- The final goal is acceptance of the harm caused and identifying what rebuilding trust looks like for each family. This phase explores how to sustain the changes that the men are making, including by working with facilitators to identify ‘what’s next’ in terms of continued service engagement.
Although each week’s session will be different, the Caring Dads programme follows a roughly similar structure each session. First, the session begins with a check-in. During the check-in, fathers are encouraged to talk about their interactions with their children each week, sharing what has been working well and what has been challenging. There are usually one or two main exercises, which may be some combination of personal exercises (i.e. men sharing about their personal experiences) or educational sessions about a topic like child development and child-centred parenting. At the end of the session, there is a ‘check-out’ and men are given tasks to complete at home.
What is the history behind the Caring Dads programme in Leeds?
The Caring Dads model was developed in Canada in 2001, and came to Leeds in 2014 after Dave Evans, the male lead at the Leeds Domestic Violence Service, identified a gap in work being done with fathers who had caused harm within their families. He was interested in finding a model or strategy to work with fathers more productively, and came across Caring Dads. At the time, Caring Dads had been introduced in the UK and was being delivered in various boroughs of London, but was still in its infancy. After researching the model, the Leeds Domestic Violence Service obtained funding to deliver a series of pilot programmes of Caring Dads in Leeds. After a favourable evaluation of the pilot, a permanent Caring Dads team was created in 2016, which is housed within the Children and Families directorate.
Since the inception of the programme in 2014, 401 fathers have accessed Caring Dads in Leeds. Recognising that the Caring Dads programme might not meet the diverse needs of everyone, further interventions have since been developed by the Leeds team, including: the Journey Project, a one-to-one intervention for Black Asian and Minority Ethnic fathers; +1, a group intervention for younger fathers aged 16-24; and stop gap support, one-to-one work that started during the pandemic but has since continued.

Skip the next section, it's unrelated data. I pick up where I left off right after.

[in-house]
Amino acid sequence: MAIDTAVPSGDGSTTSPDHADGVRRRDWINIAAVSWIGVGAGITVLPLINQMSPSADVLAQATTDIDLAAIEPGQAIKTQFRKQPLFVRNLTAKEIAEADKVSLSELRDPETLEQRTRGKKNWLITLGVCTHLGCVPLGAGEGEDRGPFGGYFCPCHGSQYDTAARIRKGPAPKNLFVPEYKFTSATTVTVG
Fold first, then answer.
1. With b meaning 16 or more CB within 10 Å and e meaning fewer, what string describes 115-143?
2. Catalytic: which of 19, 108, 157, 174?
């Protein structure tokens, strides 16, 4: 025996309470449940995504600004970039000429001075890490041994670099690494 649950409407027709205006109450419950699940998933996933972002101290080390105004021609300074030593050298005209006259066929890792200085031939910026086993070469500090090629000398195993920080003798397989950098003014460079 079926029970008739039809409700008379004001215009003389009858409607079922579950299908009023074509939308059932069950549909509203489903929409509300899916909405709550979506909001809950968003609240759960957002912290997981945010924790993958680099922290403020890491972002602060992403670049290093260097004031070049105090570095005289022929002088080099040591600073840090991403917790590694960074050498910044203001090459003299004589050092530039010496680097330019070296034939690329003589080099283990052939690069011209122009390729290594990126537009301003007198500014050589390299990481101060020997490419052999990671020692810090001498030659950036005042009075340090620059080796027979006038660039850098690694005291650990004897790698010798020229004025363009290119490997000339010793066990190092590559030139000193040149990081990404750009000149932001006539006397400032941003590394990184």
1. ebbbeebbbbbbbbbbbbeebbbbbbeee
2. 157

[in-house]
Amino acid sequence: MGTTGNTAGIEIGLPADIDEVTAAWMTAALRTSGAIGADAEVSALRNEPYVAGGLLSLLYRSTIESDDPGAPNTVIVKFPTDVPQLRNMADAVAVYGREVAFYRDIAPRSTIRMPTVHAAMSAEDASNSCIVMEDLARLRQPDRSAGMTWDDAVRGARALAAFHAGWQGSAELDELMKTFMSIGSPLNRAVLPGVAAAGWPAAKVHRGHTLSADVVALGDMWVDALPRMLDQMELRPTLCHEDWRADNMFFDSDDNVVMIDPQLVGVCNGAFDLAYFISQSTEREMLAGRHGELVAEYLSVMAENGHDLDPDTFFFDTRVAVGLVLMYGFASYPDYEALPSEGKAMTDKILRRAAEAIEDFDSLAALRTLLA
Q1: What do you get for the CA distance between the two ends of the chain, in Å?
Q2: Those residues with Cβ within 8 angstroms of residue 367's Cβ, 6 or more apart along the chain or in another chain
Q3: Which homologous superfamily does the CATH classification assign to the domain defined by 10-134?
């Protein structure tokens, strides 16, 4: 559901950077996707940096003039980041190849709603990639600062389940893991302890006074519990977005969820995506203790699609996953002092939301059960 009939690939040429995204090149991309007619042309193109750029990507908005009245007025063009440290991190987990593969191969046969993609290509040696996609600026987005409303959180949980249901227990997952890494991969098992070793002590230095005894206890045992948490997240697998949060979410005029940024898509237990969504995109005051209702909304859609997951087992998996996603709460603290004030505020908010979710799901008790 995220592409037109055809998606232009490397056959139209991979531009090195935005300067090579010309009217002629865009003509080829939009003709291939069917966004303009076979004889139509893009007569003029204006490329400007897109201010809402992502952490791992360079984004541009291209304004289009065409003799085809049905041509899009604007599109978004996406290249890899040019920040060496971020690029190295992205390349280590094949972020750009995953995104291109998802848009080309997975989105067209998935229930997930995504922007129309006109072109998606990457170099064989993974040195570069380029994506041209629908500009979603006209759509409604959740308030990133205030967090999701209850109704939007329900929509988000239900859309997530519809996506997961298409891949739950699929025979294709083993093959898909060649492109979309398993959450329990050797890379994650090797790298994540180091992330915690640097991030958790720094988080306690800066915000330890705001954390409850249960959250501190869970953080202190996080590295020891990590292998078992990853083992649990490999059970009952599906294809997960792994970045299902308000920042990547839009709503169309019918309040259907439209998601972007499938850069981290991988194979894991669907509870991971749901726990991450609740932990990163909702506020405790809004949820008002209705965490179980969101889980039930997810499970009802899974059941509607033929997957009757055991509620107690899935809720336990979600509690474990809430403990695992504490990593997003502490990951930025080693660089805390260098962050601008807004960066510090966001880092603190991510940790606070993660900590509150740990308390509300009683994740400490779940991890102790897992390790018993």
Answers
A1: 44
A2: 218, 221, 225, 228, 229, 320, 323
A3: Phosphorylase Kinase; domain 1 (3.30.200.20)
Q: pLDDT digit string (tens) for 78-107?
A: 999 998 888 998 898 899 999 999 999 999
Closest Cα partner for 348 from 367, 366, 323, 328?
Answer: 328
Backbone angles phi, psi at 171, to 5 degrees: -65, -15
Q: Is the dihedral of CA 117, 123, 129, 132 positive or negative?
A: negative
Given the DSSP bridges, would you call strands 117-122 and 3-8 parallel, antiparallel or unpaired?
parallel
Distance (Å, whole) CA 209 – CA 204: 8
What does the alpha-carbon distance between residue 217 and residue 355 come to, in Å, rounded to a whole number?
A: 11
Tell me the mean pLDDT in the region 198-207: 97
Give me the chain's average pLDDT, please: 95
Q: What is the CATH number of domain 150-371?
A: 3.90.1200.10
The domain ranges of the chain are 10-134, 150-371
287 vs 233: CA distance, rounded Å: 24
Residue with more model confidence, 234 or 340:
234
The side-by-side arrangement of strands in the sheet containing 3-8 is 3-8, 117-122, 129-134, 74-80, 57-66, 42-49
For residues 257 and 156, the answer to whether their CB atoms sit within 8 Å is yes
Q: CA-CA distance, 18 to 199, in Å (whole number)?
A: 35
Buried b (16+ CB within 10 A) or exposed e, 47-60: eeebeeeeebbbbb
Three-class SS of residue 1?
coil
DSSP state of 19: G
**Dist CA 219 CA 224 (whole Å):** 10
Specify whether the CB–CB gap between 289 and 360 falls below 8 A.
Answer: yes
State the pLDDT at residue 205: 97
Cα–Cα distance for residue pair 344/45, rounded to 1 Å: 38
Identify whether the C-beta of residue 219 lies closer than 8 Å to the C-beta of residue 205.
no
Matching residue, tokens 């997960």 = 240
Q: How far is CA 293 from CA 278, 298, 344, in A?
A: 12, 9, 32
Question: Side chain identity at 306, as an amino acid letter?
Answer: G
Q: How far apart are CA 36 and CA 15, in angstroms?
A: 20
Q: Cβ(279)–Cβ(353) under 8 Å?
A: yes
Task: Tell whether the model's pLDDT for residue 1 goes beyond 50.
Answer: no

How has the COVID-19 pandemic changed the Caring Dads approach?
Before the pandemic, all Caring Dads programmes were face-to-face. During lockdown, Caring Dads had to re-assess its delivery model and think through how a remote programme could be delivered safely and responsibly given the risk that participation in the programme could, in some cases, raise tensions and stress. After careful planning and development, two Caring Dads programmes were delivered remotely during the pandemic. Despite the challenges of remote work, online delivery has allowed Caring Dads to reach fathers that had not been able to participate before due to distance and the logistical challenges of appearing in person.
Now, Caring Dads is delivered both online and in-person. One group face-to-face programme began in April 2022, and two programmes are currently being delivered online. The related programmes—Journey Project, +1, and stop gap support—have all continued to be provided remotely.
What is the process for a local authority to set up a Caring Dads programme?
Starting a Caring Dads programme means joining a network of professionals delivering the model both nationally and internationally. The first step is to be on boarded through Caring Dads’ central organisation in Canada. Then, there are two training centres within the UK (Leeds and London) which can deliver training to local authorities interested in the Caring Dads approach.
For more information or to find out more about starting a Caring Dads programme in your local authority, you can contact the following people:
Sarah Webb – Caring Dads Global Enterprise Manager
Matt Tattersley – Accredited Trainer (Leeds)
Dermot Brady – Accredited Trainer (London)
This case-study was compiled by Carolyn Lipp in 2022